They discovered a side effect of adding new languages to the project files, for every new language you had to add 200 files, this made the project bigger and bigger. Now it takes eons to compile, and one of the core developers came up with the idea to remove all localisation files from the project files. When that was done, the time to compile was drastically cut which was good. Unfortunately we we're in integration testing and could not test any of the localisation bug fixes (D'oh).

So what did they end up with when using Visual Studio and .NET?
  • Duplicated texts all over the resource files.
  • 200 new files for each language
  • Compilation time sky rocketed (I will bring stats for this later this week)
  • Developed their own tools to handle the resource files (RESX) which require maintenance, etc.
  • Forms that were not properly translated, which wasn't found out until the system test phase (or even later).
  • And lets not forget the need to update the size of every button/label to cater for romanian texts. That is also tedious and really unnecessary work.
What is the proper way to do localisation in .NET and Visual Studio? What did they do wrong? What is the easier way out?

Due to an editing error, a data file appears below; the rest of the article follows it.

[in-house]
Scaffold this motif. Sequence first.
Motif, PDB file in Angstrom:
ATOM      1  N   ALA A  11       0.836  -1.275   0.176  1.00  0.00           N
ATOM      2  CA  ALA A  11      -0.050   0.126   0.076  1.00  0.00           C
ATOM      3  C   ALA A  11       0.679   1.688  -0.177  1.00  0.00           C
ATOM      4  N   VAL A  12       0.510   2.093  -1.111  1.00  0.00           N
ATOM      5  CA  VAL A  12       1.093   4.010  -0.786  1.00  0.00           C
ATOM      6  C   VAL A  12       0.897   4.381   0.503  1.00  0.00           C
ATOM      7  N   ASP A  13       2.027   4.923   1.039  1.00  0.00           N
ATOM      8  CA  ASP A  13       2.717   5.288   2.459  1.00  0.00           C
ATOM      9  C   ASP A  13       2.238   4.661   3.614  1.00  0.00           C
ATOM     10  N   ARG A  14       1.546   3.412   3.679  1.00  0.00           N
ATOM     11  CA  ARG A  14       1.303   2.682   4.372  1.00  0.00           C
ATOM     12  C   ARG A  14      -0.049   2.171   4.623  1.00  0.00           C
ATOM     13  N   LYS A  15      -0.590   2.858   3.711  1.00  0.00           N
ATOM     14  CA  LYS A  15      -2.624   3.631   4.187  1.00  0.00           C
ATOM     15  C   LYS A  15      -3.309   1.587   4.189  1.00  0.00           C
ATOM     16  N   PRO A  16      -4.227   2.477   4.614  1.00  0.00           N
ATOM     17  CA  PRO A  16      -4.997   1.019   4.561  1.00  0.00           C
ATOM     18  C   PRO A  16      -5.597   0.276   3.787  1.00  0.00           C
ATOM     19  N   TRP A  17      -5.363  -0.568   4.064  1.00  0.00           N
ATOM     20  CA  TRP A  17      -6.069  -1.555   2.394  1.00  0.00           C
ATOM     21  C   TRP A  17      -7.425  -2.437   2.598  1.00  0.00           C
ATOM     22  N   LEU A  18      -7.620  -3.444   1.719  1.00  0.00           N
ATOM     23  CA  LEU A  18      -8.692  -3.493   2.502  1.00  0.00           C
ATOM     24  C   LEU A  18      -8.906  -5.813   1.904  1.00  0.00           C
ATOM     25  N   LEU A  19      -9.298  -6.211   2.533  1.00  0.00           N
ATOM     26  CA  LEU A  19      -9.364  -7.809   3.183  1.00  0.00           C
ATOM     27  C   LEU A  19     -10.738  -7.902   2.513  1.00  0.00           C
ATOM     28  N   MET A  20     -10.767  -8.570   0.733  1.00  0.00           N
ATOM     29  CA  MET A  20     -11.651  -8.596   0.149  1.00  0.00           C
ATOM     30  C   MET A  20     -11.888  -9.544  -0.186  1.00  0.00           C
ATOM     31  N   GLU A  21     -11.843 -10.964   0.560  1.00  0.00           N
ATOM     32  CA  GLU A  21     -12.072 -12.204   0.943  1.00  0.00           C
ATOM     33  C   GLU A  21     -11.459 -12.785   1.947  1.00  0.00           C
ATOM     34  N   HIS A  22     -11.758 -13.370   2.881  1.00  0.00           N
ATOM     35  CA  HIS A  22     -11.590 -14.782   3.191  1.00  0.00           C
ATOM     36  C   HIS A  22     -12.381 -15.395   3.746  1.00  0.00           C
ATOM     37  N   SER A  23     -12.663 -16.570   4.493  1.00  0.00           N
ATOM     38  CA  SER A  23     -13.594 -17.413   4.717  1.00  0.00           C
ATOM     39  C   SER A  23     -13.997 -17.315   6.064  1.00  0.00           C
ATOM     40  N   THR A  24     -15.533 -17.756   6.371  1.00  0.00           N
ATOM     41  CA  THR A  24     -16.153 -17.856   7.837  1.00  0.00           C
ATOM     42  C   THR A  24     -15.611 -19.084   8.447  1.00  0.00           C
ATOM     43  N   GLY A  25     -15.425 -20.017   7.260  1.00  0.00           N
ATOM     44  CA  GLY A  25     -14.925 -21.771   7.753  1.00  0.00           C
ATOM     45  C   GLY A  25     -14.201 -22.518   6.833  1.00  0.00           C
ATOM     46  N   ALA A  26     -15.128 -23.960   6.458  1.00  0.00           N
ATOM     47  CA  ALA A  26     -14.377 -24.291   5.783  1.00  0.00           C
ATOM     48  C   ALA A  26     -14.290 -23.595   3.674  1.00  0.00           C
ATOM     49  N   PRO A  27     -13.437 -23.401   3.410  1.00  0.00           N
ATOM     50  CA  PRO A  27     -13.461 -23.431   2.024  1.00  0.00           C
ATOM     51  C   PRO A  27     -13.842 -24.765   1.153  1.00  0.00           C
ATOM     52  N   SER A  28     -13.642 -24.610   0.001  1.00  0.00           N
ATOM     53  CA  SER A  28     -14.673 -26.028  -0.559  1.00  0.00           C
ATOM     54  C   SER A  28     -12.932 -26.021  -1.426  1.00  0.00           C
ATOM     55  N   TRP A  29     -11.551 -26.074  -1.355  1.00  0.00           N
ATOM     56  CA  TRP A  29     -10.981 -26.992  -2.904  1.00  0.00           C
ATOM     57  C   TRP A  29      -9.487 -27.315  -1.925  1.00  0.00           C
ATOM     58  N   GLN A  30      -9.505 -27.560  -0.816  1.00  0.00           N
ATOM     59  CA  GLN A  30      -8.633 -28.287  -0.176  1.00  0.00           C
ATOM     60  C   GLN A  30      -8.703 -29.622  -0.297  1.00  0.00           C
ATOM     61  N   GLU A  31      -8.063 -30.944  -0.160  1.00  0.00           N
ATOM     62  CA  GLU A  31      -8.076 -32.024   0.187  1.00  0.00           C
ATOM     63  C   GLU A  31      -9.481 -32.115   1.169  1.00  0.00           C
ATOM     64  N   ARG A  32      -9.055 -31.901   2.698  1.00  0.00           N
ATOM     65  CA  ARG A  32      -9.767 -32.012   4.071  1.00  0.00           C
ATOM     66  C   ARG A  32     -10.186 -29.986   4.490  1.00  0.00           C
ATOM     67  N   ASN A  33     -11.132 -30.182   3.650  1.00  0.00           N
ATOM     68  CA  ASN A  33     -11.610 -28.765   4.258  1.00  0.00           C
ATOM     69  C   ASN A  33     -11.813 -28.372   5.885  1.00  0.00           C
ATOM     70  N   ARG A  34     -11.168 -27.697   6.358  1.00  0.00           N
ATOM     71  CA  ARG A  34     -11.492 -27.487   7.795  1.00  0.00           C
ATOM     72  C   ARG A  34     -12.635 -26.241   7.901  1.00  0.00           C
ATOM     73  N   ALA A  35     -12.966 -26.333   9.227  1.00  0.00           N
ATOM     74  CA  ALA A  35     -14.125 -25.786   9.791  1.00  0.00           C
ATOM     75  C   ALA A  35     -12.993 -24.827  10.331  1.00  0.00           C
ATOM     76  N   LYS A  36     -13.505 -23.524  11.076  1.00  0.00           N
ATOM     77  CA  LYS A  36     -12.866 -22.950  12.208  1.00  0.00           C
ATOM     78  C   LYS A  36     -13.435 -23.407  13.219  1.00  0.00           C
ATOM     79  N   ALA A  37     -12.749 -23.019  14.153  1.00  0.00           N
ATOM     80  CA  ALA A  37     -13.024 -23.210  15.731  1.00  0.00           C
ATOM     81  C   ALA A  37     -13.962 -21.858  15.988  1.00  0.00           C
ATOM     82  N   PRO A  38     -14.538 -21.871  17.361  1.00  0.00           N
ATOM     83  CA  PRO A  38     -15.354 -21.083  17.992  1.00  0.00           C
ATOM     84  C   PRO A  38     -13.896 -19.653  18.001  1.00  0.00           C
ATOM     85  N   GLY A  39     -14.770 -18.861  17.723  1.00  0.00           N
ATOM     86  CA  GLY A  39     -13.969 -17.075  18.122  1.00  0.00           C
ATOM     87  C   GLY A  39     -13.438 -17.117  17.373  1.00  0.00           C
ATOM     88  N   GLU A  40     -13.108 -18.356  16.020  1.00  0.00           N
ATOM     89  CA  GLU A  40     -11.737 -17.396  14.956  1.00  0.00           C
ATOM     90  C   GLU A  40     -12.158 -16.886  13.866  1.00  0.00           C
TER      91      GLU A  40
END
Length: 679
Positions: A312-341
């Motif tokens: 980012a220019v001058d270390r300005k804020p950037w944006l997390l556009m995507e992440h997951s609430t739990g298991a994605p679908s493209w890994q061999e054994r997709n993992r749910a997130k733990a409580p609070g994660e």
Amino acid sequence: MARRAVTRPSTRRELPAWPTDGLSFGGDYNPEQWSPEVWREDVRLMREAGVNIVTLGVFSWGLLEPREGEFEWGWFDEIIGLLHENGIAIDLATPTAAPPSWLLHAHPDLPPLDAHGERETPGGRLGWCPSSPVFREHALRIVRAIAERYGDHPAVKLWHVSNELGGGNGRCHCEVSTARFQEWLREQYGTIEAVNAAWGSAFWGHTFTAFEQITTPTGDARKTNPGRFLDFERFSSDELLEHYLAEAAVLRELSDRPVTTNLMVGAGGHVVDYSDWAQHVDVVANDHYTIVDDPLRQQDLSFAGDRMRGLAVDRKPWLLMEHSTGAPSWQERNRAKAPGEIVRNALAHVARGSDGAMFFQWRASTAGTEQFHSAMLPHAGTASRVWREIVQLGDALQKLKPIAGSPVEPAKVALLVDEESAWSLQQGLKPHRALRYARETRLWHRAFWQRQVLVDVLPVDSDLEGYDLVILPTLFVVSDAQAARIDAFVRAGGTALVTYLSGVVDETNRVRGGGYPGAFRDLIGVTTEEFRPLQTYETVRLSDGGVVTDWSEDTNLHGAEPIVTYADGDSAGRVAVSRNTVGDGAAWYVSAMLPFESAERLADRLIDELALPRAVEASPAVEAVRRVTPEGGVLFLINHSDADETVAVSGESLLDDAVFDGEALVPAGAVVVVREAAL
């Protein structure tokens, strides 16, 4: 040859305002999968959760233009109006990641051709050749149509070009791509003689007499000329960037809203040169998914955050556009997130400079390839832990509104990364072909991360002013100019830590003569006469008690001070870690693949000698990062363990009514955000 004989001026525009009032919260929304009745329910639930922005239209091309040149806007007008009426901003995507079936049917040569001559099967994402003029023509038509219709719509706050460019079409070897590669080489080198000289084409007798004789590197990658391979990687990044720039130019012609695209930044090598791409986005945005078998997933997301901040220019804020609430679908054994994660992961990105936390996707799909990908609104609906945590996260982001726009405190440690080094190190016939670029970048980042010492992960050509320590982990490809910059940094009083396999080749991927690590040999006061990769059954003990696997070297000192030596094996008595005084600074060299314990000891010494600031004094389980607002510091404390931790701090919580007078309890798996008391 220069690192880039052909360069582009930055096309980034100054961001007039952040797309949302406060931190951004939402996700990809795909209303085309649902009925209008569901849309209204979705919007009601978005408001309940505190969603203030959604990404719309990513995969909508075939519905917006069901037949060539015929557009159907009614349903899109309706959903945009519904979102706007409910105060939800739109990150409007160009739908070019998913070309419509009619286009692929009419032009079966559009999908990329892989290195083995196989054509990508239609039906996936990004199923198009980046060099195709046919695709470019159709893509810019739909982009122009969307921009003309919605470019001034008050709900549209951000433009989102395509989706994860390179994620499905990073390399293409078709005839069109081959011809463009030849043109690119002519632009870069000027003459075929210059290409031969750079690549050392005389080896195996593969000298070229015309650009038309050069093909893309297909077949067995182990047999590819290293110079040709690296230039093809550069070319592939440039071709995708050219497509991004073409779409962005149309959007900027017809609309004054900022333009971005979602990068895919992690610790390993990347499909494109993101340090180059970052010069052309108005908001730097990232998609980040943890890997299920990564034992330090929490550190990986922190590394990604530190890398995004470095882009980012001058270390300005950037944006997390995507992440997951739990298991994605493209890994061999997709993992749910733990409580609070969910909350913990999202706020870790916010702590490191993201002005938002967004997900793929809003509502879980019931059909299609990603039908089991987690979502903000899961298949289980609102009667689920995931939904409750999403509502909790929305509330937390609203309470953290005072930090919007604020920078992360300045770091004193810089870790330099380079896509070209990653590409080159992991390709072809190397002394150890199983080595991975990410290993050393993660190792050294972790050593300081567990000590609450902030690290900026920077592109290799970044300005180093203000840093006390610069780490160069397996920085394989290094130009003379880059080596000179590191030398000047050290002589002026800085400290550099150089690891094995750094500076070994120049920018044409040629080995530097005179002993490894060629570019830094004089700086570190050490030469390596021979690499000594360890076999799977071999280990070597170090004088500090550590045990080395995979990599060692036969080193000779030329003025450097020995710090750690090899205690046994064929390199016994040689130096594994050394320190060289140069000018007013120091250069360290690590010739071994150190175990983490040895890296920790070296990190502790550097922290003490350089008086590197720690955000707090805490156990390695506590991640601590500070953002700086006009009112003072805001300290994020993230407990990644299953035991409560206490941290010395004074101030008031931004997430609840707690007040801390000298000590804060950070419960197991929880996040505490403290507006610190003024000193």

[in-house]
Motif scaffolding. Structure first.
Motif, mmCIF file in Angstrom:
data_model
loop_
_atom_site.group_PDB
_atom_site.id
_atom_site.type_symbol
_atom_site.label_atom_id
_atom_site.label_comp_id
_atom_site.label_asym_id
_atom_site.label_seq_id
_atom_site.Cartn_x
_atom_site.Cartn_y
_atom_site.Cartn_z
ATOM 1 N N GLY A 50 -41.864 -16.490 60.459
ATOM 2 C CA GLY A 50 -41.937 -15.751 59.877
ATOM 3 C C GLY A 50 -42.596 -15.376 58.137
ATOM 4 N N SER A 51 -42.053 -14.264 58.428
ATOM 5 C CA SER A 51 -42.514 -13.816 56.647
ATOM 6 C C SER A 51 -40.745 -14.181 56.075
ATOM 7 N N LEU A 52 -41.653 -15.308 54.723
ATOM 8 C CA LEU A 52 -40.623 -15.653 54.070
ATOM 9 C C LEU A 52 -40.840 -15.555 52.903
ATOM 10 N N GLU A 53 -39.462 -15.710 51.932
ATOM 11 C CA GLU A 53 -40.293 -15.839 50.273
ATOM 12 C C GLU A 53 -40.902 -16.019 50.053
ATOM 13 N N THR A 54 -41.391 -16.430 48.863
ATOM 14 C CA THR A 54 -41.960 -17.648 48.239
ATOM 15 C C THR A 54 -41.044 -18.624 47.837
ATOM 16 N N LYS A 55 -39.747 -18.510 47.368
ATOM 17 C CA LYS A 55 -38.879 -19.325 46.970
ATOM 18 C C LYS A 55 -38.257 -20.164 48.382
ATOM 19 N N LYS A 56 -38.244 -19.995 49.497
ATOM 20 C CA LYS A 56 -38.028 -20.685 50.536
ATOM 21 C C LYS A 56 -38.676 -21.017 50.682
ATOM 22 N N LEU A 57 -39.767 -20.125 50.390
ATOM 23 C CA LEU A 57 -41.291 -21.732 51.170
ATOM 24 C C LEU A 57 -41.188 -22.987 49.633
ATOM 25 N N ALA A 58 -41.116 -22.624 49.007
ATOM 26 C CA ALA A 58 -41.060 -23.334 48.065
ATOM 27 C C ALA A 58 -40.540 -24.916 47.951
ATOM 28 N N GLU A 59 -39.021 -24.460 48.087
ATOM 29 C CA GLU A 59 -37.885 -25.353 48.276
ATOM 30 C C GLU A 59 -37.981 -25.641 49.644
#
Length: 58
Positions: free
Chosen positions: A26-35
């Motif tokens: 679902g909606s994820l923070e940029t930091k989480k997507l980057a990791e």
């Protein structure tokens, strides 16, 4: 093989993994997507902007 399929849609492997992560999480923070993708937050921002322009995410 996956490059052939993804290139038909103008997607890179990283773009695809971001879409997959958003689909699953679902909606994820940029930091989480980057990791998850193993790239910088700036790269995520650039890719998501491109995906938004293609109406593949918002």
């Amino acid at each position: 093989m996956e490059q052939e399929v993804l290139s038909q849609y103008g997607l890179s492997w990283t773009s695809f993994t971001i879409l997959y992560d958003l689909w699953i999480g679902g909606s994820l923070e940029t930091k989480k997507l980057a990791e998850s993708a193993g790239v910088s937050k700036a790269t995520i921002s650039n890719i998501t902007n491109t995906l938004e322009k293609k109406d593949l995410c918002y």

Monday, November 06, 2006

TabControl, ListView and checking list items

Today I found an odd feature with the ListView GUI control. The list view must be the king of Windows controls. I mean, what can't it do? It can display lists in 5 different ways, which is increasing as Windows evolves. It can even display a list with check boxes for each item, very similar to the CheckedListBox. But the ListView behaves very differently when it comes to checking and unchecking list items if it is placed in a TabControl.

The event ItemCheck should be called when the user or code checks an item in the list. But the oddity I found was that the ItemCheck event method would NOT be called when code/user checks a list item, but the event is first called when the user clicked on the tab that contained the control.

This is what I did (
Full source code available at
  • Created a Form with a ListBox, TabControl and a ListView